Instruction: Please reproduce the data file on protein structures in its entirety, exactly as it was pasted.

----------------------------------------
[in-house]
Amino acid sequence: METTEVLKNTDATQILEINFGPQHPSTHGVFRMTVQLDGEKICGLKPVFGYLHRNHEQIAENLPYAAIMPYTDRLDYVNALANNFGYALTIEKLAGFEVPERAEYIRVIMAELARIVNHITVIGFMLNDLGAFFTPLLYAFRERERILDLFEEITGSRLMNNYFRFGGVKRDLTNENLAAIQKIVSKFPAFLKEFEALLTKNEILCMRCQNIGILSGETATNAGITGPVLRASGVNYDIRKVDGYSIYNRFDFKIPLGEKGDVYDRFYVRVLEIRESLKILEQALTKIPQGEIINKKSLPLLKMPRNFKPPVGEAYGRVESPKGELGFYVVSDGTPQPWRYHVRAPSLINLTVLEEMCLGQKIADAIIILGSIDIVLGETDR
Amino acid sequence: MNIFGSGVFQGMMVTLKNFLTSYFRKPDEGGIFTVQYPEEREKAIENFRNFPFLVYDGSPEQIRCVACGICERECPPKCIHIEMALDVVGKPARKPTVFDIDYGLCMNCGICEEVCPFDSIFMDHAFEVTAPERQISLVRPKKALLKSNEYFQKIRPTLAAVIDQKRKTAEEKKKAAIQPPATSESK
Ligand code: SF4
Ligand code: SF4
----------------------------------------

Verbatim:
[in-house]
Amino acid sequence: METTEVLKNTDATQILEINFGPQHPSTHGVFRMTVQLDGEKICGLKPVFGYLHRNHEQIAENLPYAAIMPYTDRLDYVNALANNFGYALTIEKLAGFEVPERAEYIRVIMAELARIVNHITVIGFMLNDLGAFFTPLLYAFRERERILDLFEEITGSRLMNNYFRFGGVKRDLTNENLAAIQKIVSKFPAFLKEFEALLTKNEILCMRCQNIGILSGETATNAGITGPVLRASGVNYDIRKVDGYSIYNRFDFKIPLGEKGDVYDRFYVRVLEIRESLKILEQALTKIPQGEIINKKSLPLLKMPRNFKPPVGEAYGRVESPKGELGFYVVSDGTPQPWRYHVRAPSLINLTVLEEMCLGQKIADAIIILGSIDIVLGETDR
Amino acid sequence: MNIFGSGVFQGMMVTLKNFLTSYFRKPDEGGIFTVQYPEEREKAIENFRNFPFLVYDGSPEQIRCVACGICERECPPKCIHIEMALDVVGKPARKPTVFDIDYGLCMNCGICEEVCPFDSIFMDHAFEVTAPERQISLVRPKKALLKSNEYFQKIRPTLAAVIDQKRKTAEEKKKAAIQPPATSESK
Ligand code: SF4
Ligand code: SF4